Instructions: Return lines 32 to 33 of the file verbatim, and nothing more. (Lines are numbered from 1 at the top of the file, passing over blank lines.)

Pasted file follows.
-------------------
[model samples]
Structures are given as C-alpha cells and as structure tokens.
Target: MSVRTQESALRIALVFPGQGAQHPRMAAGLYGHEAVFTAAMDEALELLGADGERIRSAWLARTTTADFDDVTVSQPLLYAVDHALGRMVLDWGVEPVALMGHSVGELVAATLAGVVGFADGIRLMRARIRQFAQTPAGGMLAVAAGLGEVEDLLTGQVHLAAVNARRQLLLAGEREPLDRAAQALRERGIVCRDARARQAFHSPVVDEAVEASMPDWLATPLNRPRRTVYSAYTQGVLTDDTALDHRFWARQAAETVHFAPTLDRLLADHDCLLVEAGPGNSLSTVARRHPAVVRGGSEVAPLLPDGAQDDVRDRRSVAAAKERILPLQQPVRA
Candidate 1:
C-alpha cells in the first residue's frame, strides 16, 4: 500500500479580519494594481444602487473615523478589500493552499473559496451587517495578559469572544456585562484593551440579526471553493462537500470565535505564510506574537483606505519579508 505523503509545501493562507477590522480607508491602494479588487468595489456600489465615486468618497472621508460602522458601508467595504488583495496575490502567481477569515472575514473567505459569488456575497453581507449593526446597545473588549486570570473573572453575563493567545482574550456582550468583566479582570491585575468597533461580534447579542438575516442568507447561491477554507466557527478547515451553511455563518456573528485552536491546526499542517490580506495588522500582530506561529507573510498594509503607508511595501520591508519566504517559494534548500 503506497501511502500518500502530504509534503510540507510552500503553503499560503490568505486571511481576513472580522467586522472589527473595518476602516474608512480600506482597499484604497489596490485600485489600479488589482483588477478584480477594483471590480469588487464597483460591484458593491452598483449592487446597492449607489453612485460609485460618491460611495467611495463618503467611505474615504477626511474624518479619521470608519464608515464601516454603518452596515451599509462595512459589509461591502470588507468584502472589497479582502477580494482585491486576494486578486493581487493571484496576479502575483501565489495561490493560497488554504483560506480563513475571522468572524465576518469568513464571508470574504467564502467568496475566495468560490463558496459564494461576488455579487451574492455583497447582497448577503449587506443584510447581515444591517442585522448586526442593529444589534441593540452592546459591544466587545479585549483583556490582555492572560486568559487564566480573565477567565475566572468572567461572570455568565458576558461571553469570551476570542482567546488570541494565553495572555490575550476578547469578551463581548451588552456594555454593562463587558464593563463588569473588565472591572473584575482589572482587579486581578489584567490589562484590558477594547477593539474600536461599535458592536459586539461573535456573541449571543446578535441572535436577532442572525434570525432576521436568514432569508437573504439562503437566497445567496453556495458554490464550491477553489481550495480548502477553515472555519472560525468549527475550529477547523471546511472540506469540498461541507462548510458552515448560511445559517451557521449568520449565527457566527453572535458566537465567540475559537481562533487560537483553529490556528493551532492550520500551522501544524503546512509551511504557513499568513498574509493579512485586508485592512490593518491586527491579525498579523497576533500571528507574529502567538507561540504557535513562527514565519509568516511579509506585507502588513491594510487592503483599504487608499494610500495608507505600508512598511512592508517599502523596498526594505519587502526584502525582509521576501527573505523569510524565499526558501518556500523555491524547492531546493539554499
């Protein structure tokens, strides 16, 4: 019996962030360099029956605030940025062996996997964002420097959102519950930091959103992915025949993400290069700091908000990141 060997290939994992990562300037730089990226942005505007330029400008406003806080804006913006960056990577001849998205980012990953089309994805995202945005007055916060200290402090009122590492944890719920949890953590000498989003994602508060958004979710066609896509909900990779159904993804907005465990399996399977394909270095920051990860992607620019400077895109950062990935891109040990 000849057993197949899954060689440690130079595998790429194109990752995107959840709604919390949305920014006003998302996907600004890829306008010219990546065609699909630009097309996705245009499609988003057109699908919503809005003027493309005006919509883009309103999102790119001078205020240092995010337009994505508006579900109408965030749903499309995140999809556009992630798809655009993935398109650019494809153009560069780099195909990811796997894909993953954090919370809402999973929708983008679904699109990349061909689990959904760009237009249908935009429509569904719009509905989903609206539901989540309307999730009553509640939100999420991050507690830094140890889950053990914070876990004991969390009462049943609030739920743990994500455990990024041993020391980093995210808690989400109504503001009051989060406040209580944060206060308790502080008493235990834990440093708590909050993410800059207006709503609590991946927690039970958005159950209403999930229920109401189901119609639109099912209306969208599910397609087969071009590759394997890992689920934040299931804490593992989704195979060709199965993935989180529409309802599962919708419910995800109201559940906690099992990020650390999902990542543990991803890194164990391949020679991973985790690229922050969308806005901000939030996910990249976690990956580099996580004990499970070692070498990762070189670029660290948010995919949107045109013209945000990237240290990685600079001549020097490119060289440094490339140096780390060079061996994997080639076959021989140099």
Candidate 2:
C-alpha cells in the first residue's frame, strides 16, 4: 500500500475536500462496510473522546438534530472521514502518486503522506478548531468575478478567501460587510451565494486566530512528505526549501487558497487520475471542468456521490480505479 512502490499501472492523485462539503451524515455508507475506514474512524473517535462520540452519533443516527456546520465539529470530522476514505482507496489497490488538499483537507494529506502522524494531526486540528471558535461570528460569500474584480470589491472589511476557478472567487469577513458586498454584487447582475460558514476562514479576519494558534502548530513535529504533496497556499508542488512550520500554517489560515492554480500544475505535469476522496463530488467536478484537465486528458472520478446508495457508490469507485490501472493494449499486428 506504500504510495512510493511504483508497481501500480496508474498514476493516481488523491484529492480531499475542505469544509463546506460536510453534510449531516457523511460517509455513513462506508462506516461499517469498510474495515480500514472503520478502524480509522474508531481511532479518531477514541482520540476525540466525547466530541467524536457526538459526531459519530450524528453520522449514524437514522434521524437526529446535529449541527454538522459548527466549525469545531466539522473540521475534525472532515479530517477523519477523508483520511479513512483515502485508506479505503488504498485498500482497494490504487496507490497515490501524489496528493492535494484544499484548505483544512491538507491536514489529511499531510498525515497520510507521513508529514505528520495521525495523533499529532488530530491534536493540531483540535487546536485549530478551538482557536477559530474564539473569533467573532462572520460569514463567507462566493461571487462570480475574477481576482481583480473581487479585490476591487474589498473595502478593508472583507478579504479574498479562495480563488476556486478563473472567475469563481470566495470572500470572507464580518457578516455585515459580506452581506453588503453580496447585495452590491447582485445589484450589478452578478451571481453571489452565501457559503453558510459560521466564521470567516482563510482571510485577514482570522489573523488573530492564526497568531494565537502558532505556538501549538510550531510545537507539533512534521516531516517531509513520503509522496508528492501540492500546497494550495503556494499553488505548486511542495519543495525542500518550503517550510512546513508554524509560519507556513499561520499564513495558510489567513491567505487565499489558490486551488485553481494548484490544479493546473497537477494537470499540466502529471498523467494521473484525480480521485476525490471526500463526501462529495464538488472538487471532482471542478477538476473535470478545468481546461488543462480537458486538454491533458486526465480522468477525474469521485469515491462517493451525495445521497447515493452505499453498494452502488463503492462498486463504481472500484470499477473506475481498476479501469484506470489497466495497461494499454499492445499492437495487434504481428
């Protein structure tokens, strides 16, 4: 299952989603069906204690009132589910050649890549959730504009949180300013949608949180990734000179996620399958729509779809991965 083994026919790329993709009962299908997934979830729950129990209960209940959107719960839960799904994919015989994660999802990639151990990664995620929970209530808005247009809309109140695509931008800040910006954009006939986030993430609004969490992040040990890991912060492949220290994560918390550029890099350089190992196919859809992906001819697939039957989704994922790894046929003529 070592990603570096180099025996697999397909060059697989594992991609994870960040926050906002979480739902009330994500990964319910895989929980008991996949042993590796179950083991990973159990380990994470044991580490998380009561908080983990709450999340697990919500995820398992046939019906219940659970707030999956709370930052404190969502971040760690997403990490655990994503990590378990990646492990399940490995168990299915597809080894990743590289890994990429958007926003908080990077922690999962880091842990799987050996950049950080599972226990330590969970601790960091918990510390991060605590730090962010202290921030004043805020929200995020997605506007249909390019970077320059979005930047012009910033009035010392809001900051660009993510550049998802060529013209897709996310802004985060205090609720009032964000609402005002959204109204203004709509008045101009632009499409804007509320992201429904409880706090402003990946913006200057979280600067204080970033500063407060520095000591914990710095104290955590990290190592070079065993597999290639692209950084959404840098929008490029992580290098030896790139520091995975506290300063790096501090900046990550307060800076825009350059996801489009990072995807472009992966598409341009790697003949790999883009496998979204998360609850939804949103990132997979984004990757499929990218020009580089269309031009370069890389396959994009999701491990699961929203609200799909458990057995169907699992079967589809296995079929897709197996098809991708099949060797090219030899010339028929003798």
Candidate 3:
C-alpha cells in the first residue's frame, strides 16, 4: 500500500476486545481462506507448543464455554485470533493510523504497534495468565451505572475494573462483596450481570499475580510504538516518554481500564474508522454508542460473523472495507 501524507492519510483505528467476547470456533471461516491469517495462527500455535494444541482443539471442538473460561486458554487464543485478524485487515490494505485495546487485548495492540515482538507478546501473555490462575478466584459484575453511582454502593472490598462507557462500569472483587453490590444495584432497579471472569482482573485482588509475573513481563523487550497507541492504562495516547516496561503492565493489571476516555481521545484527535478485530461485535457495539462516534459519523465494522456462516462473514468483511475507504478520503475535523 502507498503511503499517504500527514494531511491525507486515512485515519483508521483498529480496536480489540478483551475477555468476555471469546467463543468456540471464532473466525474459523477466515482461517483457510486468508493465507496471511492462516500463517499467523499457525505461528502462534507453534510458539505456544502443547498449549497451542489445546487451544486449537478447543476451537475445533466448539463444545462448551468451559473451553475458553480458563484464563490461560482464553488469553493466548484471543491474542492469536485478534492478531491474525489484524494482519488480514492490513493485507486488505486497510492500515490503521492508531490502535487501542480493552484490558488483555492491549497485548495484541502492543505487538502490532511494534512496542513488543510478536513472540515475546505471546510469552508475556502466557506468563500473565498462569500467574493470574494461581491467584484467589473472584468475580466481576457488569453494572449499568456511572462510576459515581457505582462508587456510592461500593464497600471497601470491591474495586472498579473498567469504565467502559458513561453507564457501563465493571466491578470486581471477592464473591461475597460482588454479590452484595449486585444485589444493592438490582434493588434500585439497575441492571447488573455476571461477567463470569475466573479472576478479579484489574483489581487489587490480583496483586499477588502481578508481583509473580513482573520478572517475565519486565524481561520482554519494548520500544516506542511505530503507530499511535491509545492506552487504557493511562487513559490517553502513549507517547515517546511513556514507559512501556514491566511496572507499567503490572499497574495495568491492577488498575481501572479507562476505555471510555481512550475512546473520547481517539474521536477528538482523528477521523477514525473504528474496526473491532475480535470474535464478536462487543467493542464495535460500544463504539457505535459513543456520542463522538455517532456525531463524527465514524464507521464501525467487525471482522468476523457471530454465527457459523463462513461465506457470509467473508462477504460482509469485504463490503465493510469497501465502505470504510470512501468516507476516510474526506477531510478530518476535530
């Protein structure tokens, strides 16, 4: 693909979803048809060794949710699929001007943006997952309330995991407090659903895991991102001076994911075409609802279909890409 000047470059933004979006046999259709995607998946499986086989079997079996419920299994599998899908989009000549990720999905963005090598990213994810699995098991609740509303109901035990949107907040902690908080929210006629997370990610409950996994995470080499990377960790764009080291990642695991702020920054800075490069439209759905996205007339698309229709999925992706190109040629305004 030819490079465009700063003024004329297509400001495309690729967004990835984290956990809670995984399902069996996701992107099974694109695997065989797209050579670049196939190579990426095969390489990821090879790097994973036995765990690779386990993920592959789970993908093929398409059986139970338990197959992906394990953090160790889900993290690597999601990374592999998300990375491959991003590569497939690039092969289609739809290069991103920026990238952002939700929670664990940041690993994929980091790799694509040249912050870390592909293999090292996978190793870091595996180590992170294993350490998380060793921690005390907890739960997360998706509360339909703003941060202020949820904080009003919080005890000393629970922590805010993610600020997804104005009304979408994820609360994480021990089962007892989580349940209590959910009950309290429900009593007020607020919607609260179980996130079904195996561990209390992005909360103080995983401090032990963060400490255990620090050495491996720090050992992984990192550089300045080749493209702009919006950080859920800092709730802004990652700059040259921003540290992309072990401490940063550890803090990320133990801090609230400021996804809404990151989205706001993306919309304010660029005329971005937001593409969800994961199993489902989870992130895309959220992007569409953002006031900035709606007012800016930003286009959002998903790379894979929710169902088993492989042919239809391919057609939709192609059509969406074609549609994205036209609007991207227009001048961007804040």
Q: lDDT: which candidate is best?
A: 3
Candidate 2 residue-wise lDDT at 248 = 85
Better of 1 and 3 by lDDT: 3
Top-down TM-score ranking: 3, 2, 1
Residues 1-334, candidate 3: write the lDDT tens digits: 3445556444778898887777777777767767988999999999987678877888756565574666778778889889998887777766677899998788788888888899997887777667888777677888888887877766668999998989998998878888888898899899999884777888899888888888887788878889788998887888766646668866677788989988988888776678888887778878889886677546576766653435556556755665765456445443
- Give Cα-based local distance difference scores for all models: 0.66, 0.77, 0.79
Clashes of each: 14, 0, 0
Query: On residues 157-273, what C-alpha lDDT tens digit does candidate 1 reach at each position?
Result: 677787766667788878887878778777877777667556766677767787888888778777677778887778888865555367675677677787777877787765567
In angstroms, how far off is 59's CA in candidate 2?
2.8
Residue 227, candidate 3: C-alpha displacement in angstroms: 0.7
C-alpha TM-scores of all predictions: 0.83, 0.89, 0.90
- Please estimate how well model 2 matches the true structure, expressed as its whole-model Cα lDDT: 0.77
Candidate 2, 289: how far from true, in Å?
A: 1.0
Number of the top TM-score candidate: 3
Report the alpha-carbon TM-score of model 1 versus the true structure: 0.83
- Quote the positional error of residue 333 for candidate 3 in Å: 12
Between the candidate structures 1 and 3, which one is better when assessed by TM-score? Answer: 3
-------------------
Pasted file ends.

- Quote the positional error of residue 333 for candidate 3 in Å: 12
Between the candidate structures 1 and 3, which one is better when assessed by TM-score? Answer: 3